Back in New York, he worked as an engineer designing and building surgical cutting machines and pulse generating muscle-toning equipment. He also designed power line carrier signaling equipment for IBM before going to work for the equipment design division at Sanders Associates, a defense contractor responsible for developing electronic surveillance and intelligence systems.

He found time to get married to Dena Whinston in 1952 and start a family.

He then worked on alpha-numeric projection displays for the better part of the 1960s, and in 1966 came up with the original concept for playing games using a home TV set. Baer's was the first patent application for video games in 1968, which eventually resulted in his invention of the "Brown Box" console video game system licensed to Magnavox in 1972.

Under Baer's supervision, the "Brown Box" became known as the Magnavox Odyssey, the world's first home video console. It was on the Odyssey that one of the earliest video games, Pong, first gained its popularity.

"I always used to get paraded about at places like Sanders and Lockheed as an example of how broadminded they were to support individual inventors," Baer told us.

They didn't support us at all. It was just my chutzpah and the fact that I was pretty high up on the food chain -- I had 500 technicians and engineers working for me in my division -- that I was able to do the things that I did.

Baer is also responsible for the first-person shooter video game to feature a light gun peripheral pointing device, used for the first time on the Odyssey's Shooting Gallery series. In the mid-'70s Baer started R.H. Baer Consultants.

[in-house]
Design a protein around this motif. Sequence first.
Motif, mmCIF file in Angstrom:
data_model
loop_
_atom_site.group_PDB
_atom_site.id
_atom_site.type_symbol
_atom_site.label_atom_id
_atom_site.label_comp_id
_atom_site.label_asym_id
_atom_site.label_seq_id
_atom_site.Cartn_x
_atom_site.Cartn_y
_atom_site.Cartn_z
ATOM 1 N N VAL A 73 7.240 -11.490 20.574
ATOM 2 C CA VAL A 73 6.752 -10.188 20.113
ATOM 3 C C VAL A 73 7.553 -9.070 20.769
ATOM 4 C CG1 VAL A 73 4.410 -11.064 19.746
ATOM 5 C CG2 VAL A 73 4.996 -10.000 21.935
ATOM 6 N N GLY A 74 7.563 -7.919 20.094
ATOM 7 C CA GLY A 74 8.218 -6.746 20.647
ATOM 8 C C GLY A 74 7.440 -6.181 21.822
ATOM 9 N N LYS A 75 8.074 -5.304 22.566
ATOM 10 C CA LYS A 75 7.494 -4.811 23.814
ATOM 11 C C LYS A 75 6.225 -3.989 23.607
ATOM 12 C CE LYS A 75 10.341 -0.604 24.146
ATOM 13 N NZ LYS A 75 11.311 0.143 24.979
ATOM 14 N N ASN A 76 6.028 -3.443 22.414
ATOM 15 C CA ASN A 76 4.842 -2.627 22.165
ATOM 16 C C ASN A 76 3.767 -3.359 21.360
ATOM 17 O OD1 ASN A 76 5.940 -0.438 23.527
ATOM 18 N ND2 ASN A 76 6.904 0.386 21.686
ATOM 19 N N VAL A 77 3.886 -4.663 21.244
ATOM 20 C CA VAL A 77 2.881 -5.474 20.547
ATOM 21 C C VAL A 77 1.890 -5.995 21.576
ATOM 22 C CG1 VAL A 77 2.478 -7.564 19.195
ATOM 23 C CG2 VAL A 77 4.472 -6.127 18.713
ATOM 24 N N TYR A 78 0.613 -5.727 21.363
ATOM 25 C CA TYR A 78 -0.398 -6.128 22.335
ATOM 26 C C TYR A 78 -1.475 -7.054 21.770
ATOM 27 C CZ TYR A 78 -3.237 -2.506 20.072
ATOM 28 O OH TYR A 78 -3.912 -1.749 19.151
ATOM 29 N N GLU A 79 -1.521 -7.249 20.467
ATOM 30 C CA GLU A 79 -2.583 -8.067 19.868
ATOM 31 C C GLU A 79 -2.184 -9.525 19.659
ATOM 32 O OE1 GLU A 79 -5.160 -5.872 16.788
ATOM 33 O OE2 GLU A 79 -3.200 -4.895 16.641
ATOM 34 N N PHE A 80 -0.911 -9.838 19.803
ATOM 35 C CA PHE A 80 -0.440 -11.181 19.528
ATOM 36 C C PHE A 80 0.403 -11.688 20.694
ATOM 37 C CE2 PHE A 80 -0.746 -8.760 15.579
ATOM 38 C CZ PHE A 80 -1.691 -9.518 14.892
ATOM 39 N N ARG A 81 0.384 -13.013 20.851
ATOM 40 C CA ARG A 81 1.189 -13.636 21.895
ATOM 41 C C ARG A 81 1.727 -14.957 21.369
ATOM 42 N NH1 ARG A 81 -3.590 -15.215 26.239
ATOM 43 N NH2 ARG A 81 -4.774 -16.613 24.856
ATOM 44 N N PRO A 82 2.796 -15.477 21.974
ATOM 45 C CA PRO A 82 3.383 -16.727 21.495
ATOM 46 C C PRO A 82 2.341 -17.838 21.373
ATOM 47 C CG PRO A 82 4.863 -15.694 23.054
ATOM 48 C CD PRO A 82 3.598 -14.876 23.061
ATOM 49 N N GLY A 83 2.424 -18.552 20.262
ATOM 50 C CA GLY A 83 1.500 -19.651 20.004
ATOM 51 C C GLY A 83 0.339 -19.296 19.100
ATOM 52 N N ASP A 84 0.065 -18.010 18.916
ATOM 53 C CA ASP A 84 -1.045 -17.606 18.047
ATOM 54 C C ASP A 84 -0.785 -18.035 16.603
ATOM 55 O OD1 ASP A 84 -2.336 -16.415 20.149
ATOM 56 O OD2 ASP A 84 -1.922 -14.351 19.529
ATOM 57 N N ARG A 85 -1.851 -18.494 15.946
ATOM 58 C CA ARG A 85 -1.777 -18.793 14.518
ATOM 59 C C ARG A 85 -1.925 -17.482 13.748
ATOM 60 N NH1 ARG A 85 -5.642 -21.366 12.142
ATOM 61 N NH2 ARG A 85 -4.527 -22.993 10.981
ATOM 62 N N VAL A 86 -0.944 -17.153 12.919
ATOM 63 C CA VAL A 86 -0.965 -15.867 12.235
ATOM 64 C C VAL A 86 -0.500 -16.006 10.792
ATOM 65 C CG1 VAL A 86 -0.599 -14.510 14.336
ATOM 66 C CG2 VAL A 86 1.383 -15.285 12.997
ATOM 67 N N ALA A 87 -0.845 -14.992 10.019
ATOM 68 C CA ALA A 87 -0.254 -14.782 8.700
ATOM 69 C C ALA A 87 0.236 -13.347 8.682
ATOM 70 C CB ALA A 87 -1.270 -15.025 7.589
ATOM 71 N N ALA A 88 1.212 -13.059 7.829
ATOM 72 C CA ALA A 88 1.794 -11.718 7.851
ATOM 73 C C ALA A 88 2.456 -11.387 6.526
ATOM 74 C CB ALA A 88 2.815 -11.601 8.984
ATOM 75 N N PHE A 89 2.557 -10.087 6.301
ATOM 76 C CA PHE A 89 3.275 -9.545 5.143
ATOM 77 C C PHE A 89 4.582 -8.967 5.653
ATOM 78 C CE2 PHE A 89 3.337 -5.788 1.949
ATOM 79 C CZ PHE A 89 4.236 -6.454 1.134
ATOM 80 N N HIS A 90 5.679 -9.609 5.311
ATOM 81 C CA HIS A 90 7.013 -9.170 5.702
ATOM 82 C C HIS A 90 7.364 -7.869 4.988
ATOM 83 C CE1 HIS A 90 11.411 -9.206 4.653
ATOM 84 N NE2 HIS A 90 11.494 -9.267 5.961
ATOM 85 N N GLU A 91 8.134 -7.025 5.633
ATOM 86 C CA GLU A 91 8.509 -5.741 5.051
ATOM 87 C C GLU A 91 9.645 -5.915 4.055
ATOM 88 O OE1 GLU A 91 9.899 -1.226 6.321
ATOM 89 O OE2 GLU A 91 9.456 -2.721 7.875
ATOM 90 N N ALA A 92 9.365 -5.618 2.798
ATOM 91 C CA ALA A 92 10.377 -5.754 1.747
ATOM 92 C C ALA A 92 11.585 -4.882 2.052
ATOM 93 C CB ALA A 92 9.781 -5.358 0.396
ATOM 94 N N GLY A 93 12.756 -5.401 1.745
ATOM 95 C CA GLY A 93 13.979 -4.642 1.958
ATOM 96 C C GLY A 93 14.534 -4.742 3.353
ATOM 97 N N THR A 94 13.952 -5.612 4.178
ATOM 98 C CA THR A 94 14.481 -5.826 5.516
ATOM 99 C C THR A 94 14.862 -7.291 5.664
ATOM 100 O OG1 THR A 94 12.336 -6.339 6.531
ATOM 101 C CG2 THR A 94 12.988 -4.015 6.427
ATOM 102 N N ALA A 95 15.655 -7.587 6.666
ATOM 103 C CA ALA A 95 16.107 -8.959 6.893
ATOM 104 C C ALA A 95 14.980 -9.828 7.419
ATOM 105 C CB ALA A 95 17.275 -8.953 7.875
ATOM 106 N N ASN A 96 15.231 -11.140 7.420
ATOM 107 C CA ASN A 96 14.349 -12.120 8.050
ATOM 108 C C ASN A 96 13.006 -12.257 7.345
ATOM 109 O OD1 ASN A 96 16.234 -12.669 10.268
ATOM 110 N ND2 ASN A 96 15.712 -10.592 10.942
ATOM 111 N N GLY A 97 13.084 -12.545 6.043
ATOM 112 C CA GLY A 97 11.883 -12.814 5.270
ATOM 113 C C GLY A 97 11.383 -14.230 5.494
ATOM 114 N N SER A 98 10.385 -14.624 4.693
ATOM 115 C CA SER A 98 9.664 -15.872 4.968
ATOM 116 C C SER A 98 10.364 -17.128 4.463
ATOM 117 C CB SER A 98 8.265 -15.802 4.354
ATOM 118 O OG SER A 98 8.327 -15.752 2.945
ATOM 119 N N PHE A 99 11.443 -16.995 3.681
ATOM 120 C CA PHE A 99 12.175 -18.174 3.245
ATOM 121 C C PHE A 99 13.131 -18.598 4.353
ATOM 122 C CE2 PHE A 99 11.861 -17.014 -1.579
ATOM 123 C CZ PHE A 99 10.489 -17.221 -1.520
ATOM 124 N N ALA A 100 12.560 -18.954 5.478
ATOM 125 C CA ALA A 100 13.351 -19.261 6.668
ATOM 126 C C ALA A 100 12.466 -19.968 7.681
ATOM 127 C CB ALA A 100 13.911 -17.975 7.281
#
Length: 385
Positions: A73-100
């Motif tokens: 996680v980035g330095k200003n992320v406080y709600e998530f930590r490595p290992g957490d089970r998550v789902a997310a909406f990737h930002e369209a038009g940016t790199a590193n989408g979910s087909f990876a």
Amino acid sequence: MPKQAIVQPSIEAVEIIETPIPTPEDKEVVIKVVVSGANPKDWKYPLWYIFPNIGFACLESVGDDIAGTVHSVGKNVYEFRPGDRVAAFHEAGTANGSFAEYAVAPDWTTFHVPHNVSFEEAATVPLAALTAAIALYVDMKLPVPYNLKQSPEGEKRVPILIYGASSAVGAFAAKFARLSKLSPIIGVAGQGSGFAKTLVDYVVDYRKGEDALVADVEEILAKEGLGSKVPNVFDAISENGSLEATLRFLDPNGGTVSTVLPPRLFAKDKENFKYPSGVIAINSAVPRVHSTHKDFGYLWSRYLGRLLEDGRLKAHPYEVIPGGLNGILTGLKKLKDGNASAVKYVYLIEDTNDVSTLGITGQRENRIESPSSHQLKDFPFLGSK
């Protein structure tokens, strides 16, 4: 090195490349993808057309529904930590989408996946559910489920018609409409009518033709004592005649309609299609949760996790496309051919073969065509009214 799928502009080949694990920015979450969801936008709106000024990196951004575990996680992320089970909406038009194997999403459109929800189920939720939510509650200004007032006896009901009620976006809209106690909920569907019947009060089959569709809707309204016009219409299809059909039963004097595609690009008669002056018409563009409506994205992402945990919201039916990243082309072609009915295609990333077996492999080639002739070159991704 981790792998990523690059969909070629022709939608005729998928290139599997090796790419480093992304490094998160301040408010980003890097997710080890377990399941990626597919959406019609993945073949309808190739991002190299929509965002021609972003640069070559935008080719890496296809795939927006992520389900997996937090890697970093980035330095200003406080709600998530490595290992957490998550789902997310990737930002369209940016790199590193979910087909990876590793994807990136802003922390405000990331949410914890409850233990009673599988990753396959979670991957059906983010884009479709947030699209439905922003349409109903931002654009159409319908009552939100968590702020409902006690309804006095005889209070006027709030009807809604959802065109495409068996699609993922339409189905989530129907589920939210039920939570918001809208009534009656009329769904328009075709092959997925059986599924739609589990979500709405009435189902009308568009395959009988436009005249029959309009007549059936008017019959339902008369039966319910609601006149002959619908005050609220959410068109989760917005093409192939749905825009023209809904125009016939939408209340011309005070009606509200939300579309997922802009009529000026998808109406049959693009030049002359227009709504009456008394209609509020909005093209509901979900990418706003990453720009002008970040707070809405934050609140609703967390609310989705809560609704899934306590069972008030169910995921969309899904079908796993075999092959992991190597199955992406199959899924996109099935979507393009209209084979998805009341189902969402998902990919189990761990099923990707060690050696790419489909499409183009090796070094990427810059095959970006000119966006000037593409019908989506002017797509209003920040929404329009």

"Among many things, I invented and developed single-chip, micro-processor-controlled handheld games for Marvin Glass & Associates in Chicago [toy & game design group]," Baer said.

Perhaps his most famous invention came in 1978 when he and partner Howard J. Morrison created Simon, an electronic game based on memory skill, named after Simon Says. A symbol of 1980s pop culture, Simon is best known for its four colored panels, each producing a distinct tone. The panels list up in a random order, which the player had to try to remember and then reproduce.

Baer has 150 U.S. and foreign patents -- a significant amount of them resulting in toys and games that eventually went into production.

In 2006, President George W. Bush presented Baer with the National Medal of Technology, and four years later Baer was inducted into the National Inventors Hall of Fame.

When asked if he was amazed by the all of the advancements in technology in the last 50 years, Baer replied, "Who could have predicted it?"

But after all, the doubling speed of the semiconductor and producing a bigger size every two years was a prediction that came true. But even when you knew there were geometric changes coming along in technology, you just couldn't realize how fast everything would develop in the semiconductor industry, which is what drove everything. If the graphics weren't good enough, you had to build better semiconductors. What's going on now with games, the iPad and iPhone is complete and absolute magic. But what is magical to you won't be magical to your kids.

Ralph Baer may be slowing down physically, but his mind is as agile as it ever was and he's currently at work on an autobiography.

To read more about his many accomplishments visit

To read more posts like this, go to